HR must clean up their crap
I’ve been watching Workday’s annual Predict and Prepare show recorded the other week. It’s a one hour show so you may want to kick back, grab a coffee before committing to it.
At 19 mins 07 secs, moderator Bill Kutik introduces Naomi Bloom‘s second prediction. It was originally written as: HR must clean up their crap coding structures, outmoded or irrational business rules and process flows that are from the beginning of time rather than reincarnating all this sludge in their next generation HR and talent management. The discussion on this topic runs through to 25 mins 39 secs.
In her explanation, Bloom says that much of what’s happened in HR technology over the last 30 years has been little more than a replication of the past rather than trying to reinvent for the present and future. You’ll get no argument from me on that.
As the conversation between Bloom and other panellists Brian Sommer and Vinnie Mirchandani unfolded, it quickly became apparent that what they were really talking about is not so much things like hiring processes as they exist but about the way potential candidates look at the world with the benefit of new data driven solutions that are mushrooming out there. LinkedIn is often cited but then Glassdoor provides important insights.
Sommer went to say that Bloom is looking at the world in a parochial manner. A tad harsh perhaps but a view worth considering.
Sommer told the story of how he recently sat with a customer and Googled current HR process maps and then compared that with what candidates are doing in the real world. The mismatch could not be clearer. Rather than thinking in terms of what’s good for the candidate, it seems most processes are rooted in two things:
- What works for the company and is readily repeatable
- What has to fit inside the framework of existing legislation.
Sommer went on to say that the speed at which new apps of the kind he describes are mushrooming mean that hiring is a moving target. Bloom argued that new services may provide excellent insights for both potential employers and employees, but they have to fit into the framework of government imposed regulation. The example of I-9 paperwork (PDF) was cited.
This was a measure designed to ensure that people who are hired have a right to work in the US. Along the way, it was also designed to eliminate discrimination at a time when hiring processes and selection were anything but transparent. It came into force in 1986 and, apart from some tweaks, has been largely untouched ever since. The same goes for other measures, initially promulgated with the idea of protecting the state, employers and employees but designed for a different time.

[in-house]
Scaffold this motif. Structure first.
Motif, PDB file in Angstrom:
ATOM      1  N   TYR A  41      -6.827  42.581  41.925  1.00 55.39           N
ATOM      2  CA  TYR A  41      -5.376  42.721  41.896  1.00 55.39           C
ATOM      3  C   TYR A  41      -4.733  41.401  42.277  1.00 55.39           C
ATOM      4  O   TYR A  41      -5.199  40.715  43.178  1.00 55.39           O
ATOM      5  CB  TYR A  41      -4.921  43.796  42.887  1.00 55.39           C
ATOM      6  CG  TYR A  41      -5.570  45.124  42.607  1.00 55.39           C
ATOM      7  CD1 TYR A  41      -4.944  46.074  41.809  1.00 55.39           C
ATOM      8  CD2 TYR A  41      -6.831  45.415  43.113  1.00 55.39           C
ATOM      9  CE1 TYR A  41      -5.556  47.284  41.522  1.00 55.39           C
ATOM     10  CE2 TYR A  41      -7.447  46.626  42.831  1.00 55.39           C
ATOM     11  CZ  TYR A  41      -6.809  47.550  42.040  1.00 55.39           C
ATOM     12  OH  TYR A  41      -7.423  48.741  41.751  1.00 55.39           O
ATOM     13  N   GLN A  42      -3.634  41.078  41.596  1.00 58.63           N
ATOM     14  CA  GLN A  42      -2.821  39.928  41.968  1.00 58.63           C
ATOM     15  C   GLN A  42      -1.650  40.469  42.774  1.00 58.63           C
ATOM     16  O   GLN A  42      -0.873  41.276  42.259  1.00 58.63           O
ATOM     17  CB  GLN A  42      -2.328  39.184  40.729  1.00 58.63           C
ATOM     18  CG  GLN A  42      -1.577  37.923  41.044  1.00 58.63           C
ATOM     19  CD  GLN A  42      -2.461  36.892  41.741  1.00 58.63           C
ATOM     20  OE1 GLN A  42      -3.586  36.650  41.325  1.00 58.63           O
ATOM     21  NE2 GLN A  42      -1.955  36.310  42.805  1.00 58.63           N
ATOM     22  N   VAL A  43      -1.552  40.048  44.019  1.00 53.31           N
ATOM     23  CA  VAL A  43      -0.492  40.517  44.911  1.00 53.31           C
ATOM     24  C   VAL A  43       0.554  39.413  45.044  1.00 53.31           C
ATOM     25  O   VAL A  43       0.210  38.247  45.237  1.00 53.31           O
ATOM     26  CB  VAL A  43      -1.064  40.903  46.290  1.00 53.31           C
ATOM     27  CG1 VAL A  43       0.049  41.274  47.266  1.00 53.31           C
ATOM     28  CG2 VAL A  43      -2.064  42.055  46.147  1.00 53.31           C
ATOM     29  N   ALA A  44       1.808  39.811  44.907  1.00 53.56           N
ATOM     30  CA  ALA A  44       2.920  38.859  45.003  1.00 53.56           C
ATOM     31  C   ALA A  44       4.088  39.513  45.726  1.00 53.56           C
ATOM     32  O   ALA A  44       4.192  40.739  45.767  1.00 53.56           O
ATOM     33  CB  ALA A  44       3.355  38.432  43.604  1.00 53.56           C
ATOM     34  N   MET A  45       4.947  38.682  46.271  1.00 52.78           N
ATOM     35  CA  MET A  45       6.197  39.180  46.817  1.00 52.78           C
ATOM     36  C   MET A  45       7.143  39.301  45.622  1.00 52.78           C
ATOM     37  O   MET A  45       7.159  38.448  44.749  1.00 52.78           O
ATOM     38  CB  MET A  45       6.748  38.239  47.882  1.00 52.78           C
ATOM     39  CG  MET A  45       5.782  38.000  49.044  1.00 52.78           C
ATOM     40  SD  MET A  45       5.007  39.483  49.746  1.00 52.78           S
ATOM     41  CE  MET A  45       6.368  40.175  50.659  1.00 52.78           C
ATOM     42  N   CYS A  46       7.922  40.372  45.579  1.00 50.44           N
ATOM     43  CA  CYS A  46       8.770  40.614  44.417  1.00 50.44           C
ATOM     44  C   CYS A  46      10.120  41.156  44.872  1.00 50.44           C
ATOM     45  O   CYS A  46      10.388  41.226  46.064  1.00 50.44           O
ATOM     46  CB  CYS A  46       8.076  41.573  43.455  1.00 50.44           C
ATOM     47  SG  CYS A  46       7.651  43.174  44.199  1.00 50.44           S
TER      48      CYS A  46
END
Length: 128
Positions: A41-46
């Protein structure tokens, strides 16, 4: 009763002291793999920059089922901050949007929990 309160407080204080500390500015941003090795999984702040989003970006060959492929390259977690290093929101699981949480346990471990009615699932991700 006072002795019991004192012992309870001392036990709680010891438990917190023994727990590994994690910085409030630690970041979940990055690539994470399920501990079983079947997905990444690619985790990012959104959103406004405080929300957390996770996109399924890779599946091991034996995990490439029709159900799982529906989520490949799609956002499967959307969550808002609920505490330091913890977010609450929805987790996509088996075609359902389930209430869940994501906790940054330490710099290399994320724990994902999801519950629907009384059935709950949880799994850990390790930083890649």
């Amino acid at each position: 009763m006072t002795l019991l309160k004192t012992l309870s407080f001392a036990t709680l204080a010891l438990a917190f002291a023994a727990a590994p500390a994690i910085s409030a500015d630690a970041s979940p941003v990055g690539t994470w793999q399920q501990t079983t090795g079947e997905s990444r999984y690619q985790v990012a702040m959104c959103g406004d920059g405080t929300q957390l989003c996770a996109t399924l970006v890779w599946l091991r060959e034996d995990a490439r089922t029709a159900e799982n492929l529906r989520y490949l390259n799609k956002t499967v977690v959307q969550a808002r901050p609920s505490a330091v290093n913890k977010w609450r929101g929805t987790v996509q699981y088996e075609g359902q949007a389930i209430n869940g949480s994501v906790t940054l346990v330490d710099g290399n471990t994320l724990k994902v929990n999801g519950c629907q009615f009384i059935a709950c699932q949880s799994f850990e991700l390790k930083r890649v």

Bloom concludes that she’d like to see regulation keep up (but it won’t) and the question of what happens next was left in the air.
I take a more pragmatic view. If regulation is not keeping up then it seems to me that employers will need to do two things:
- Consider form filling as a risk but ‘must do’ in the face of talent acquisition that is no longer dictated by the employer but by the actions of savvy, tech aware candidates who are selecting the company first. This will require some careful assessment by managements but will be essential if employers are to benefit from the way in which prospective employees are looking at the world.
- Actively lobby governments to overhaul employee legislation as a matter of urgency to reflect what’s happening in the current hiring environment.
Does this need to be an across the board approach? No. There are plenty of jobs where regulation, even in its current form makes sense. There are plenty of scenarios where existing hiring practices work well. But it is for those 10-20% of people that will make the difference in the future where both HR practices and legislation seem out of step. How that hashes out may well be one of the defining changes of 2014.